The pickguard was longer than earlier models and it had a moustache bridge though slightly smaller and less ornate than that used on the SJ The tuners were individual Kluson with amber buttons.

The neck was a broad round profile single piece mahogany with a bound coffewood fretboard and dot markers.

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In the fretboard became Brazilian rosewood. The bracing was revised to accommodate the moustache bridge and generally heavier than earlier models. The first Gibson J45 guitars were only slightly different from the discontinued J The back braces were tall and thin and Gibson scalloped the top braces. Sunburst was the only finish available for the J until much later as the sunburst finish can hide flaws in the wood; this was a significant advantage during WW2 when clear wood was being used for the war effort.

In a natural finish J was finally offered and given the designation: J Also, the first batch of Js had more binding both on the body and soundhole. The Southerner Jumbos were the most expensive flat-top guitars Gibson offered at the time. The concept behind the J was a high quality, affordable, big-sounding acoustic flat-top guitar.

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It worked. The Gibson Southerner Jumbo was introduced in and discontinued in It was reintroduced in limited editions in Mythology has it that the Southerner Jumbo was specifically targeted at the Southern market honoring rising Country music trends.

When it came out in it was the most expensive Gibson flat-top in the line. During two new models were introduced to the Gibson line-up to replace the J and J They were the J and the Southerner Jumbo.

The appointments of the Southerner Jumbo included more top binding and an additional set of rosette rings. The 1st year of the J actually had similar appointments but they were reduced and simplified for model clarity in The back and sides were still mahogany but the Southerner Jumbo had a dark wooden stripe separating the 2 back pieces. The neck heal had a white plastic cap. The Gibson Super Jumbo first appeared in Western movies were tremendously popular and the singing cowboy heroes needed instruments as big and bold as untamed West.

As a consequence, the details were grand in scale and the bindings high in contrast to look good in black and white on the silver screen. The soundboard was so large and the body so deep that the sound was immense.

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The following versions evolved quickly to 14 frets clear of the body. The neck was basically the neck stocks from the L-5 archtop: 3 ply maple with single wide bound scalloped fretboard ends and headstocks and the early models had the L-5 flowerpot inlay on the headstock.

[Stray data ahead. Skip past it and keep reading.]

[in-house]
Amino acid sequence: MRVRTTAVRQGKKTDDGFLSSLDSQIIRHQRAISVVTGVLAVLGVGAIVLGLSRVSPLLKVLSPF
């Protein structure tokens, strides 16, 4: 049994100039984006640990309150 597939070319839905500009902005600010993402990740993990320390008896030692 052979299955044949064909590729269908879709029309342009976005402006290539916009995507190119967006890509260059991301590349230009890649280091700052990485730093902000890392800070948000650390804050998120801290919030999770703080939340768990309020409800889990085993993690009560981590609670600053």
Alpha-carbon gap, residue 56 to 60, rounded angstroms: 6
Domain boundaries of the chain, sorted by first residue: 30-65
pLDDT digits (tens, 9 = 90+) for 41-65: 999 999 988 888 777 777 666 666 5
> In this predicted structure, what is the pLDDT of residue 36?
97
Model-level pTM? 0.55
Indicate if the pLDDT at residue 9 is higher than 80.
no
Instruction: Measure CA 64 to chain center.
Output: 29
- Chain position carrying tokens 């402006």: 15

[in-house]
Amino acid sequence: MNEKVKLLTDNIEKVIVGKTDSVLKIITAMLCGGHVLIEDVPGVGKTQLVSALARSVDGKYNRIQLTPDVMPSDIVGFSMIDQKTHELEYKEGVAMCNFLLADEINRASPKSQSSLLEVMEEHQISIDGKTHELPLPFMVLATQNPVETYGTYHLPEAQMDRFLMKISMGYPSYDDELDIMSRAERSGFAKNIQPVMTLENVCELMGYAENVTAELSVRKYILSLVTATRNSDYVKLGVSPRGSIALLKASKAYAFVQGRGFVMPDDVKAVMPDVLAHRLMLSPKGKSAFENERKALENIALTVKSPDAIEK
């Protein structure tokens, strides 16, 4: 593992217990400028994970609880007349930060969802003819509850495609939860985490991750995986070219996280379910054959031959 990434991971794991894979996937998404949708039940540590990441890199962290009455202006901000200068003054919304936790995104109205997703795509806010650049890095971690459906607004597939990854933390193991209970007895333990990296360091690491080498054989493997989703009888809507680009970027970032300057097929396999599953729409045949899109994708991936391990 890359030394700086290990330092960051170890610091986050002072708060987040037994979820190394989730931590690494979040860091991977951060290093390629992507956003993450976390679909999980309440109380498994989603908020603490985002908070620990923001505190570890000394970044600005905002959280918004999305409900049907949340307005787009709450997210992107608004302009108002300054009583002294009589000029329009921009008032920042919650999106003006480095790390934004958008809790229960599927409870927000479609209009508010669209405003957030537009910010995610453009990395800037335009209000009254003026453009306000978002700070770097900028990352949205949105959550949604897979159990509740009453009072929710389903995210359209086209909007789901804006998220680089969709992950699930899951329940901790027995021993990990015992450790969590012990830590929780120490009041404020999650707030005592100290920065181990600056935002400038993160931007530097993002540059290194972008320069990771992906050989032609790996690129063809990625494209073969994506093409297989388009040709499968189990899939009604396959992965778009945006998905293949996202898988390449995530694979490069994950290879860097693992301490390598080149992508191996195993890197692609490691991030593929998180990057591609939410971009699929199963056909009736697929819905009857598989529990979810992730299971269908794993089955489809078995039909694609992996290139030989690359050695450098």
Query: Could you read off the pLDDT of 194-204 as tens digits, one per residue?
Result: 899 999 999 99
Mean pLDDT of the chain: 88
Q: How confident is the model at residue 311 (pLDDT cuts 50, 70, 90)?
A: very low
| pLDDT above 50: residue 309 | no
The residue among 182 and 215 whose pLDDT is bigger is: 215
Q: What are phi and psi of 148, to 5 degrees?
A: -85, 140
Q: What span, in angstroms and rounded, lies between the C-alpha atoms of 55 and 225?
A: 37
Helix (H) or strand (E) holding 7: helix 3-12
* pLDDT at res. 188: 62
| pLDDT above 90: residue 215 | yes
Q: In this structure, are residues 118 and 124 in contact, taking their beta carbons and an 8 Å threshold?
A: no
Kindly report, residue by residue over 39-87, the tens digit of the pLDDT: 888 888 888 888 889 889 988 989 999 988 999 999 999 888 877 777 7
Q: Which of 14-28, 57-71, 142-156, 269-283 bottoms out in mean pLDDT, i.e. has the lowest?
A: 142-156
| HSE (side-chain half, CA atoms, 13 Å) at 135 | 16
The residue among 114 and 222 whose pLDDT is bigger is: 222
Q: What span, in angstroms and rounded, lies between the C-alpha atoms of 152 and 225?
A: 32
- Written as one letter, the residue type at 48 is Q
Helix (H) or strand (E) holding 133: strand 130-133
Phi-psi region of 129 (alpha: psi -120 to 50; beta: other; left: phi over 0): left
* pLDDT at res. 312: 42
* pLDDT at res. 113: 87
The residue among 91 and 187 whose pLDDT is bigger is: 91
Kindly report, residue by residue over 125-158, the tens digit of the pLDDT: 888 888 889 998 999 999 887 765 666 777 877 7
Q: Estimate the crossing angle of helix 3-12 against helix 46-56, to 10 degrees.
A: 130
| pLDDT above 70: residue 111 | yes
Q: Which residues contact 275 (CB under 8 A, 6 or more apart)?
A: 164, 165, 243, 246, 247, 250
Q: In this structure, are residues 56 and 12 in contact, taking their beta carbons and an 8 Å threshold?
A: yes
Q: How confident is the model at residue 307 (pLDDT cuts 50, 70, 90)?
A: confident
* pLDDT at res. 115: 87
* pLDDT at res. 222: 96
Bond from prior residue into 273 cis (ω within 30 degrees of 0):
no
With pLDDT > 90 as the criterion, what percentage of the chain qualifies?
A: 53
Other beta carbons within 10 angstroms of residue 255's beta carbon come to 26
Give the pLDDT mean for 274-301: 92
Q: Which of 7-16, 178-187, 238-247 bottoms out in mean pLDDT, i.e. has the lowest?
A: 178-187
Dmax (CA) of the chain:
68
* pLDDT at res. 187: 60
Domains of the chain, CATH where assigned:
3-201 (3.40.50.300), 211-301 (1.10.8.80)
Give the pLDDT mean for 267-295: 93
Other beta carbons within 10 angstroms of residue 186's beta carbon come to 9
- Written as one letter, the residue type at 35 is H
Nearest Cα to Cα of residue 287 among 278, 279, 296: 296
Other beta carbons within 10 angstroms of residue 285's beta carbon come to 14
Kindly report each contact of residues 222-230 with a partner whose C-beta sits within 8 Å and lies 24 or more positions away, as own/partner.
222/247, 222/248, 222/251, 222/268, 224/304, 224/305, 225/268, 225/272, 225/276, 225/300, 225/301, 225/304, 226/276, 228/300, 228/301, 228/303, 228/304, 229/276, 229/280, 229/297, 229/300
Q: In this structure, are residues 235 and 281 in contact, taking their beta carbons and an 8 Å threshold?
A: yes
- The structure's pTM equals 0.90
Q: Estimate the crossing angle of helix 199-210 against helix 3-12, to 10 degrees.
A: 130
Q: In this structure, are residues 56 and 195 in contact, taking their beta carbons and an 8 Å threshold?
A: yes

It was initially called the De Luxe Jumbo for the few versions that were delivered before the model went into production.

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The one delivered first to Ray Whitley was not the model now seen as the beginning of the Super Jumbos, but a simpler 12 fret version. The 2nd delivery to Ray Whitley was the more refined 14 fret SJ that is so well photo-dicumented.

The final production versions had a double-braced red spruce top and rosewood back and sides with a sunburst finish. In the name changed to the J and the standard back and sides became highly figured maple. Gibson changed the name again in the s to the SJ In the early years, due to the depression and the following wartime austerity, demand for this expensive instrument was limited and production quantities were small.

It was basically a slope shoulder dreadnaught like a J or Southerner Jumbo and designed for the country and western market. The appointments roughly followed the Southerner Jumbo but the design was primarily electric: it had a 3-ply top with ladder bracing to reduce the low-end response for the single coil pickup placed at the base of the fretboard.

Serial Number Search Gibson Serial Numbers Present This section is designed to assist in dating and/or identifying instruments manufactured or distributed by Gibson Guitar Corp. Please note that most of this information relates to serial numbers used from to present. Jun 11,   Re: Gibson mandolin serial numbers Originally Posted by allenhopkins S.P. Fjestad's Gibson Serialization from the Blue Book of Electric Guitars (linked to Gibson's website) gives the sequence for as to for all instruments, in an initial sequence starting at and running to for the period That is where that serial number falls, but if there is a letter in front of the serial number, that changes the dating by about 40 years. # Posted by Nate Ryan 11 years ago.